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United States Department of Agriculture

Agricultural Research Service

Research Project: IMPROVING COMPUTATIONAL MODELING IN SUPPORT OF BETTER EROSION AND SEDIMENT MOVEMENT CONTROL IN AGRICULTURAL WATERSHEDS

Location: Watershed Physical Processes Research Unit

Title: A depth-averaged 2-D shallow water model for breaking and non-breaking long waves affected by rigid vegetation

Authors
item Wu, Weiming -
item Marsooli, Resa -

Submitted to: Journal of Hydraulic Research IAHR
Publication Type: Peer Reviewed Journal
Publication Acceptance Date: June 30, 2012
Publication Date: June 30, 2012
Citation: Wu, W., Marsooli, R. 2012. A depth-averaged 2-D shallow water model for breaking and non-breaking long waves affected by rigid vegetation. Journal of Hydraulic Research IAHR. 50(6):558-575.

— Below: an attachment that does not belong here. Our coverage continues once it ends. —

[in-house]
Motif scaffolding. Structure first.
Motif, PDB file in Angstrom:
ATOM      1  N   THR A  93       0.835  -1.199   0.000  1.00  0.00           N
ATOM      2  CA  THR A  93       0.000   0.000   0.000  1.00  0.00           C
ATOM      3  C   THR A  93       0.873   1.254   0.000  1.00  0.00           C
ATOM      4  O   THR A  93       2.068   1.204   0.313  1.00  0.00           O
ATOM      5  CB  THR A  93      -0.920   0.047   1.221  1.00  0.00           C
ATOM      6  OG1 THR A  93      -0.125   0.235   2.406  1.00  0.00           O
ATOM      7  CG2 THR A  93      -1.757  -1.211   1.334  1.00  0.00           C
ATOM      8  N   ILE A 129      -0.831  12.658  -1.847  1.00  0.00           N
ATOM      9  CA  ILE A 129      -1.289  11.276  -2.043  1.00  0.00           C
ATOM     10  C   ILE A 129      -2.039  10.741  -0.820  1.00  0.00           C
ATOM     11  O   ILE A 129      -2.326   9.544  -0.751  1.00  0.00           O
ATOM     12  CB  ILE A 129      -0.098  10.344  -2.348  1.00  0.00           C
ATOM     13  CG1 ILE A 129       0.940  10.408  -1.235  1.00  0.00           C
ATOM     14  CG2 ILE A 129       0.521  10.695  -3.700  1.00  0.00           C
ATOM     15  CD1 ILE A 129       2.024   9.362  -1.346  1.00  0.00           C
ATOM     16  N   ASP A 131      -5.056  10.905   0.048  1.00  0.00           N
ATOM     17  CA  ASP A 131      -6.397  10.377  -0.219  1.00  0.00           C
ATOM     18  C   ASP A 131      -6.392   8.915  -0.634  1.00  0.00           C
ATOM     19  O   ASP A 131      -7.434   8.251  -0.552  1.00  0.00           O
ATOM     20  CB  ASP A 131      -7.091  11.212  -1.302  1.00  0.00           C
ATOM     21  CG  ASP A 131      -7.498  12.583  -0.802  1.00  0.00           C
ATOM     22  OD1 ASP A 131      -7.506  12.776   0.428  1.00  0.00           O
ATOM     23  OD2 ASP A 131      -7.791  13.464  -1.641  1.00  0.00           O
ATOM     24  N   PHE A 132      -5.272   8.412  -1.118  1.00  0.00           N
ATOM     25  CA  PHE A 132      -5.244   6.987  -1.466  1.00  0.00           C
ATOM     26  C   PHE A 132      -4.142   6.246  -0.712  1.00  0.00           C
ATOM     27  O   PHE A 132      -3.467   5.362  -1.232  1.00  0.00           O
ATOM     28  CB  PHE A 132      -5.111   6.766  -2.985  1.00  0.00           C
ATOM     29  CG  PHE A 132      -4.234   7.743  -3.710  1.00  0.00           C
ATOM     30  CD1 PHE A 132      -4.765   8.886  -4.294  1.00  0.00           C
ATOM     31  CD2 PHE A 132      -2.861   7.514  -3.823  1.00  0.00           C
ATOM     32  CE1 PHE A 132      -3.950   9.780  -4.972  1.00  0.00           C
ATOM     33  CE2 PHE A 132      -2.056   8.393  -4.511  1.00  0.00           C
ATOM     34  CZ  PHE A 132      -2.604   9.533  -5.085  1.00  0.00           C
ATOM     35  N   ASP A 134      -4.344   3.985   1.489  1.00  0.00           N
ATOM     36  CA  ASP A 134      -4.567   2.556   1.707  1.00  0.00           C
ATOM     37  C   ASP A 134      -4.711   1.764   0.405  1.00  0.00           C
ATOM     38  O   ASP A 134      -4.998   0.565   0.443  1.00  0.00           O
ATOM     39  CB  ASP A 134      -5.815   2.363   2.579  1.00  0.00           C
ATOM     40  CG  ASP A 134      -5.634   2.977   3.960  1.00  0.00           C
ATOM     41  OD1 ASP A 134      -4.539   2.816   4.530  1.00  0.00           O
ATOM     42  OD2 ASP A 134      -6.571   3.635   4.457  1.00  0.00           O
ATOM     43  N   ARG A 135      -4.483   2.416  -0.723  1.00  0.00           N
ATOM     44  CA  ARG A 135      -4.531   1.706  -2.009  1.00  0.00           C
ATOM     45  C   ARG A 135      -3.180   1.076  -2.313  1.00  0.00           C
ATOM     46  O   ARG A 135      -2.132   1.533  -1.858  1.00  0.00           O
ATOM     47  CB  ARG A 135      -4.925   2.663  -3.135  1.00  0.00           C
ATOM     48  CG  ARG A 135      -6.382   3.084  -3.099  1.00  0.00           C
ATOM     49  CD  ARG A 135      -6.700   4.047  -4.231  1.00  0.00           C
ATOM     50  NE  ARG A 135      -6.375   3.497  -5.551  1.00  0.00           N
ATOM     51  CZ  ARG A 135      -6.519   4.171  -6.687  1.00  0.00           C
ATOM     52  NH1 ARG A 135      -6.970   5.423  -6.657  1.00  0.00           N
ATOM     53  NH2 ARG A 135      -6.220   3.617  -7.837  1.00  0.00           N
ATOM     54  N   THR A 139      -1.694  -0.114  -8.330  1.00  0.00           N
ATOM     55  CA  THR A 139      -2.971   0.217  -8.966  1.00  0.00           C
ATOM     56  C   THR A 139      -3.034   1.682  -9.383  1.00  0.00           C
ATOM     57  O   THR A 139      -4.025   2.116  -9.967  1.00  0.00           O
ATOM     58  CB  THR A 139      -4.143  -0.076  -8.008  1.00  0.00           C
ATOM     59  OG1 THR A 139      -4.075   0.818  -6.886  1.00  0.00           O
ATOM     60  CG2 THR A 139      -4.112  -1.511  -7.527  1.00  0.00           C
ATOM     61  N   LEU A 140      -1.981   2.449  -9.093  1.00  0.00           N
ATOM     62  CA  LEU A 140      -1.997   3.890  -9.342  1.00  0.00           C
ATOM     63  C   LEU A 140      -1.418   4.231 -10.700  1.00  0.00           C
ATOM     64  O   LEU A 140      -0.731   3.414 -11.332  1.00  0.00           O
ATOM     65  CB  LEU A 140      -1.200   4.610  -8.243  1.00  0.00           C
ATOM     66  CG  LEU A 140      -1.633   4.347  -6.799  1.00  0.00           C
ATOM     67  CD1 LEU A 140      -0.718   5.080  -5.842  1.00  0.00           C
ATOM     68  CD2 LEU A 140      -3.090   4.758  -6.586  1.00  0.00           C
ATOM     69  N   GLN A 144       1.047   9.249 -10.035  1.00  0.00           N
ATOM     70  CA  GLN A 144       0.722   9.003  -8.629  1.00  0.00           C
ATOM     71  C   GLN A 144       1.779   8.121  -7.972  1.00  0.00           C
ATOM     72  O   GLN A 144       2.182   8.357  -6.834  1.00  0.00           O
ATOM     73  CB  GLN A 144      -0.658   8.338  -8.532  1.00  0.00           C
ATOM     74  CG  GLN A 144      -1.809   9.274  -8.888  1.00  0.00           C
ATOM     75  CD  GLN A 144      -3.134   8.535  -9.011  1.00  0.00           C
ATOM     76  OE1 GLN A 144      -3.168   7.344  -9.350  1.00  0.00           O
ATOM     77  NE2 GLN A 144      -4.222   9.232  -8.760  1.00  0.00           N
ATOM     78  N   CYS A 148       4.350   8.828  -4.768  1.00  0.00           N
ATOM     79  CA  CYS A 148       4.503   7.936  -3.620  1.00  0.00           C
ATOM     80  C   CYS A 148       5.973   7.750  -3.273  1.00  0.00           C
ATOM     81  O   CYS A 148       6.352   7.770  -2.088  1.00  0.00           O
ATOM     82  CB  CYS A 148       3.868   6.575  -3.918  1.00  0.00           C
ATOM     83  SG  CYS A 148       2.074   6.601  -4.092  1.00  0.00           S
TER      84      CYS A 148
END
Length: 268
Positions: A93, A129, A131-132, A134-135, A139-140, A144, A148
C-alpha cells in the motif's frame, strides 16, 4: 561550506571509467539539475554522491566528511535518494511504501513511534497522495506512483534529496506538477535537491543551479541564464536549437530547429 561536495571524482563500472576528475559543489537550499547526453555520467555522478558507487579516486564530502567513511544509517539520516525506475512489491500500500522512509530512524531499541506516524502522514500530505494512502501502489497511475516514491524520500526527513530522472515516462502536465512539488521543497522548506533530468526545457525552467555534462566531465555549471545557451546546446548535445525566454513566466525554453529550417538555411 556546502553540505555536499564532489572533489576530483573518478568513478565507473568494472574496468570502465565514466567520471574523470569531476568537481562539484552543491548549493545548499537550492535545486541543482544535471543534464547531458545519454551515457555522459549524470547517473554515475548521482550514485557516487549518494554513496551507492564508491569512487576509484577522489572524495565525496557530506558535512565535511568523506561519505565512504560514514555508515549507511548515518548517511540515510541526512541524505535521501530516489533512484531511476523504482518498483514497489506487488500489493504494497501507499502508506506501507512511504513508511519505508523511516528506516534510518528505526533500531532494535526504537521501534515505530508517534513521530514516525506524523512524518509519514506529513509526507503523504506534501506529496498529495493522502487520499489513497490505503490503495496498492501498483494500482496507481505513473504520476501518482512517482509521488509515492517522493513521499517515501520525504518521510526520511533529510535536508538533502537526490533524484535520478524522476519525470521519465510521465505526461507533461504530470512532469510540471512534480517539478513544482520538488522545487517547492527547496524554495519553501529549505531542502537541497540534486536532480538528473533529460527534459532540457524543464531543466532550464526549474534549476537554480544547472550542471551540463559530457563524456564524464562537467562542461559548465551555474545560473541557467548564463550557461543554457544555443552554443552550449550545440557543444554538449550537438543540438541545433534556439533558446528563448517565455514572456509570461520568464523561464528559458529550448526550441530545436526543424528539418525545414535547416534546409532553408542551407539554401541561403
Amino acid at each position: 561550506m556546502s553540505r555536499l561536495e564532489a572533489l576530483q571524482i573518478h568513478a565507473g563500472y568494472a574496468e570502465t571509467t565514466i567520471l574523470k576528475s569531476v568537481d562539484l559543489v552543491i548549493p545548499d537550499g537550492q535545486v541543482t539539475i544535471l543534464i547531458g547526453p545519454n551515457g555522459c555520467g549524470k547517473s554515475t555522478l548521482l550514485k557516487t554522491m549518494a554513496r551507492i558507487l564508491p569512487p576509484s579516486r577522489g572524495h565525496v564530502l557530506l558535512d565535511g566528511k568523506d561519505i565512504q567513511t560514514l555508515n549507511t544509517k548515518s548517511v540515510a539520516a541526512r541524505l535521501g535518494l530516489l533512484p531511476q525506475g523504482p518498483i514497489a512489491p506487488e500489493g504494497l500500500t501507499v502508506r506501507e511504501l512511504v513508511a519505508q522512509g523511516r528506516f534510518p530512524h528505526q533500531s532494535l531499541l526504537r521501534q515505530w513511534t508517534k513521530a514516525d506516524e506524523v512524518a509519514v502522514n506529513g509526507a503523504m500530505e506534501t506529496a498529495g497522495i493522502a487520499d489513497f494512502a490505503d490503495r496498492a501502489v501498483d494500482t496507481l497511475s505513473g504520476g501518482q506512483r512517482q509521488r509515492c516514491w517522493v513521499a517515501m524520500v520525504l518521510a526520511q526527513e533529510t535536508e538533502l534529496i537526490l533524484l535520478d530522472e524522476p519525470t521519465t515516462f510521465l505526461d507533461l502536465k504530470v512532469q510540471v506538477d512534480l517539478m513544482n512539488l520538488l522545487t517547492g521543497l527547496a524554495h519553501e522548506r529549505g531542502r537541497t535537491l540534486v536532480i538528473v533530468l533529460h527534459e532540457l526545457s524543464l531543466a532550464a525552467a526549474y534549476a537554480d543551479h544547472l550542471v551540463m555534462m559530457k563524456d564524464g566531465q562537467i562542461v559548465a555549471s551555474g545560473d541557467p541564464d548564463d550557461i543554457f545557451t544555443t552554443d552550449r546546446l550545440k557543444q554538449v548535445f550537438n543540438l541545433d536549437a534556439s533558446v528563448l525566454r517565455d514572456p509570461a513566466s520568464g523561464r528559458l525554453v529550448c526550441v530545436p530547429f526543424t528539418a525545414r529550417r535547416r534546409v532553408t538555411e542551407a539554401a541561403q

Interpretive Summary: To quantitatively assess the effectiveness and limitations of vegetation in coastal and river protection, a depth-averaged 2D shallow water model was developed to simulate the dynamic deformation processes of long waves such as tsunami and dam-break waves in vegetated water bodies. The effects of vegetation are taken into account by adding the drag and/or inertia forces in the momentum equations. The model adopts an explicit finite-volume method based on rectangular mesh, which is first-order accurate in time and second-order accurate in space. The model uses the Euler scheme to discretize the temporal terms, a stable central difference scheme for the water surface gradient terms, and the central difference scheme for the diffusion fluxes. A novel hybrid approach is established for the convection fluxes at cell faces, which evaluates the streamwise convection fluxes using the HLL approximate Riemann solver with the second-order MUSCL reconstruction and the lateral convection fluxes using the second-order upwind scheme HLPA. This hybrid approach can significantly reduce the numerical diffusion in the lateral direction. The drag force and bed resistance terms are treated semi-implicitly for better numerical stability. The developed model was tested using three sets of laboratory experiments considering vegetation: steady flow around alternate vegetation zones, solitary wave through vegetation zone in a flat-bed flume, and long wave on a partially-vegetated sloping beach, as well as two cases without vegetation effects: solitary wave runup on a sloping beach and dam-break wave over a triangular hump. The drag coefficient was calibrated as a bulk constant and also determined using the formulas of Tanino and Nepf (2008) and Kothyari et al. (2009) as functions of stem Reynolds number, Froude number, and vegetation volume fraction. The calculated flow patterns, velocity distributions, and wave heights were in good agreement with experimental observations when the calibrated bulk constant drag coefficient was used. The model with the drag coefficient determined using the two formulas provided similar reliable results in the first two cases, but less accurate results in the third case. This indicates that in the absence of measured data, one may use these formulas to estimate the drag coefficient, but caution needs to be taken for possible errors. The two cases without vegetation effects demonstrated the developed model is capable of approximately handling breaking waves. The tests also show the wave shape is distorted near the breaking and when the wave is short, due to the limitation of the shallow water model. The model was then applied to assess the effectiveness and limitations of vegetation in coastal and river protection with regard to hydrodynamics. The simulated wave runups on the beach with and without vegetation were compared, showing that it is beneficial to plant vegetation along the coastal shoreline to reduce wave runup. However, a comparison of the simulated dam-break flows in the open channel with and without vegetation on the floodplains shows that vegetation reduces the flood level in the downstream areas, but an increase in the inundation risk in the upstream certain distance. Thus, planting vegetation on floodplains in the open channel may cause conflicting impacts on the upstream and downstream areas.